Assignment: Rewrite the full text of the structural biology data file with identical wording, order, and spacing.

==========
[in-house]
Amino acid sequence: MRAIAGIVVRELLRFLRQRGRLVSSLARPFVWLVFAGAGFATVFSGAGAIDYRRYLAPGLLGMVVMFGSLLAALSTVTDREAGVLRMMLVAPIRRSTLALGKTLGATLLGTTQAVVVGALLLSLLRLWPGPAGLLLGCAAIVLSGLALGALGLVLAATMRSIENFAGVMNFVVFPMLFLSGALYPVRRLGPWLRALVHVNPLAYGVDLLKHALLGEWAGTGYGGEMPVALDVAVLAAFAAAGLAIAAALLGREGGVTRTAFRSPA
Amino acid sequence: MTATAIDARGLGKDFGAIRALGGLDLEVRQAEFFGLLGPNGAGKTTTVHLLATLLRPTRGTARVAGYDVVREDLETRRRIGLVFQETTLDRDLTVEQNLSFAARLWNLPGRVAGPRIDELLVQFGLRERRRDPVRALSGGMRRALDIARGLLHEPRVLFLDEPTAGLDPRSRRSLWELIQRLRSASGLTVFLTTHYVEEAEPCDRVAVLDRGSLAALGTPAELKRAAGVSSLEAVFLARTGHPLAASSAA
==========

[in-house]
Amino acid sequence: MRAIAGIVVRELLRFLRQRGRLVSSLARPFVWLVFAGAGFATVFSGAGAIDYRRYLAPGLLGMVVMFGSLLAALSTVTDREAGVLRMMLVAPIRRSTLALGKTLGATLLGTTQAVVVGALLLSLLRLWPGPAGLLLGCAAIVLSGLALGALGLVLAATMRSIENFAGVMNFVVFPMLFLSGALYPVRRLGPWLRALVHVNPLAYGVDLLKHALLGEWAGTGYGGEMPVALDVAVLAAFAAAGLAIAAALLGREGGVTRTAFRSPA
Amino acid sequence: MTATAIDARGLGKDFGAIRALGGLDLEVRQAEFFGLLGPNGAGKTTTVHLLATLLRPTRGTARVAGYDVVREDLETRRRIGLVFQETTLDRDLTVEQNLSFAARLWNLPGRVAGPRIDELLVQFGLRERRRDPVRALSGGMRRALDIARGLLHEPRVLFLDEPTAGLDPRSRRSLWELIQRLRSASGLTVFLTTHYVEEAEPCDRVAVLDRGSLAALGTPAELKRAAGVSSLEAVFLARTGHPLAASSAA